Their platforms are feeding polarization and hate. Also, when you start focusing on the numbers, you become very short-term oriented. A consulting firm got into trouble as people said they represented drug companies and were helping them sell addictive drugs. So people asked, where are the ethics and the values of a company? So I said that the soul of the business is the story and not just the spreadsheet. A successful company has to combine data, technology and emotion.

Would you say that data has helped build companies like Amazon and Facebook?

The success of many of these companies has been built on three big factors: First, they were innovators and pioneers. These were ideas-driven companies and not data-driven companies. The iPod was an idea. iPhone was an idea. Social network in Facebook was an idea. Second, their business models were built on a combination of data and networks. So they use data and, once they have a certain amount of scale, it’s very hard to beat them. If you go for search and you keep going to Google, Google has more information, and it can search better. If all your friends are on Facebook, WhatsApp or Instagram, what are you going to do anywhere else? That’s called the network effect. Third, not Apple, but all the other companies are giving really amazing value for money. Google is free. Facebook is free. Amazon gives low prices and a lot of bundling. Consumers want things fast, good and cheap. These are innovative companies with ideas, that is, the right brain. Then they have data and networks, that is, the left. So they are not just data-driven companies. That is what I am trying to remind people.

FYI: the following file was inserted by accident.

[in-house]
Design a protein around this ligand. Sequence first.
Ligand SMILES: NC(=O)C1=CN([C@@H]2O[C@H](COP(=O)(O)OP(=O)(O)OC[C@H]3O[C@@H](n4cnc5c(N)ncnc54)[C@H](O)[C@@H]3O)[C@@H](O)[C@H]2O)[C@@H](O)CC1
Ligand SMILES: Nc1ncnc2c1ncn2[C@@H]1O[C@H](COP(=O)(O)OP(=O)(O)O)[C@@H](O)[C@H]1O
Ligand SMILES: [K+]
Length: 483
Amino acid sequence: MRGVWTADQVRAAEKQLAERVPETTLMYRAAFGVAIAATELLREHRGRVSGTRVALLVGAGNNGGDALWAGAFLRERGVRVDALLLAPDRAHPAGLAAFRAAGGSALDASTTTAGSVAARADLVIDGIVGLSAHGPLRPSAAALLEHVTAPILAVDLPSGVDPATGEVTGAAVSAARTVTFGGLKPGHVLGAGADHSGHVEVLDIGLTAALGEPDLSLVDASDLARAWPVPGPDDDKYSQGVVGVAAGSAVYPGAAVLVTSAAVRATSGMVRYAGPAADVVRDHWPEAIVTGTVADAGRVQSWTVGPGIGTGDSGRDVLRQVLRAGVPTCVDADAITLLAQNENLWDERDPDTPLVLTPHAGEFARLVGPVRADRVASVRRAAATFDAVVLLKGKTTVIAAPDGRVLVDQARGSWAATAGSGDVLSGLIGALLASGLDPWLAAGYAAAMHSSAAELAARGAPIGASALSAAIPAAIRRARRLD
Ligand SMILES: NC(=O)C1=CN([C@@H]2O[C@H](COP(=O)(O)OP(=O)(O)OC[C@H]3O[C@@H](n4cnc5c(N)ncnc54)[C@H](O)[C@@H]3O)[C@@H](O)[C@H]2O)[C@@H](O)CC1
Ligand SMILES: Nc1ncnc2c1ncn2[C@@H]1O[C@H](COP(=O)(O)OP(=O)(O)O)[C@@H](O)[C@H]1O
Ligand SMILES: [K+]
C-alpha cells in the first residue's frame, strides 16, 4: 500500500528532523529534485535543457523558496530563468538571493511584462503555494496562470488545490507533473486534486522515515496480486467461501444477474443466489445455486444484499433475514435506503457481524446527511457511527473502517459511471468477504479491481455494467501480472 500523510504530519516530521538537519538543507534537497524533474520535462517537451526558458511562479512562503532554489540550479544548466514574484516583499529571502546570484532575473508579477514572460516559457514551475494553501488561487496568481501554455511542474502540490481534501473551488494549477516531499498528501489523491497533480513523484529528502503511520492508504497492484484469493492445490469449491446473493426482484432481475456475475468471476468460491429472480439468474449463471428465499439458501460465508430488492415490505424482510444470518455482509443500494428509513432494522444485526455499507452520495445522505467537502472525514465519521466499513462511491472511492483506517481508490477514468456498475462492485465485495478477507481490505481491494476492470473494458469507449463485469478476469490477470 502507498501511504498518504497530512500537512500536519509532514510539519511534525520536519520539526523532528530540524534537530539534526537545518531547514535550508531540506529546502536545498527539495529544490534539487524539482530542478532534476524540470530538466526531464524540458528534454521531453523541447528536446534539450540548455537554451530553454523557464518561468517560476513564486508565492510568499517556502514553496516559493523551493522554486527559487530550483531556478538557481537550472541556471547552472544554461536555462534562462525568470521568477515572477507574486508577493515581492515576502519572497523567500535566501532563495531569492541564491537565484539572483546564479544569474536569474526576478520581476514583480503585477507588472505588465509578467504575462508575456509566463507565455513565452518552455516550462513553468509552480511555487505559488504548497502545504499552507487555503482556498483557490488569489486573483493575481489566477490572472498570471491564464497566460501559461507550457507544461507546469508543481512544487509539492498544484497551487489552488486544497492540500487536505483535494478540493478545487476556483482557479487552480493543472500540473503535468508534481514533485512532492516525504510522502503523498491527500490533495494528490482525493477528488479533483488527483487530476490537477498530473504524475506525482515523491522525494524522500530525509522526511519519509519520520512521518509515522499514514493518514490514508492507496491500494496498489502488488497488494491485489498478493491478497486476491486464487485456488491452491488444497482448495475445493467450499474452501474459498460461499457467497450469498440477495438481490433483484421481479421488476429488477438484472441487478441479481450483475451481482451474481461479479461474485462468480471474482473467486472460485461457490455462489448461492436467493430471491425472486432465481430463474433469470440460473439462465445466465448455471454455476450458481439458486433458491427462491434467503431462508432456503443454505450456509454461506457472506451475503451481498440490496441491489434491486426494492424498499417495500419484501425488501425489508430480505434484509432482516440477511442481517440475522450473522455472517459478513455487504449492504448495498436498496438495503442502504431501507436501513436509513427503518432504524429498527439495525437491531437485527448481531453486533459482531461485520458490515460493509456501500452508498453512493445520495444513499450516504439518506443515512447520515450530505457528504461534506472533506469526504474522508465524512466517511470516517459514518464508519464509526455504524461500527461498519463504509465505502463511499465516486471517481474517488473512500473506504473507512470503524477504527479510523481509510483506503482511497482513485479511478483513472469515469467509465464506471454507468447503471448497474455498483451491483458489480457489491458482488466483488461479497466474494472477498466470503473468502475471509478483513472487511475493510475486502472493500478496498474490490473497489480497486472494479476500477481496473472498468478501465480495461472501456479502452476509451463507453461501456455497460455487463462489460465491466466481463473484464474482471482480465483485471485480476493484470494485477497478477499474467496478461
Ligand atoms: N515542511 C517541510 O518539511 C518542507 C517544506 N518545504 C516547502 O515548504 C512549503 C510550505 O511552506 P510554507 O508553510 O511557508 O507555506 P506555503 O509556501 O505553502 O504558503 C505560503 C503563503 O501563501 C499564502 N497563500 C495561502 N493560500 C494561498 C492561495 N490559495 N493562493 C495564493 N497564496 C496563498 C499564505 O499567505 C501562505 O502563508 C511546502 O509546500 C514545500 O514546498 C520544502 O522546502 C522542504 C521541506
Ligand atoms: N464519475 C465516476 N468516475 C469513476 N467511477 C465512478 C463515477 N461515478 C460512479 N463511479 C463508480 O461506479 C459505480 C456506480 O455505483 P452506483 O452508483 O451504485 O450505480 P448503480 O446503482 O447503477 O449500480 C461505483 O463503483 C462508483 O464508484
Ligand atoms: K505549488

Can you go wrong with data?

You can go very wrong. Although you cannot run a business without it, there are a lot of questions that data cannot answer about the culture of your company, what your talent feels about the company, or what your customers feel about the company.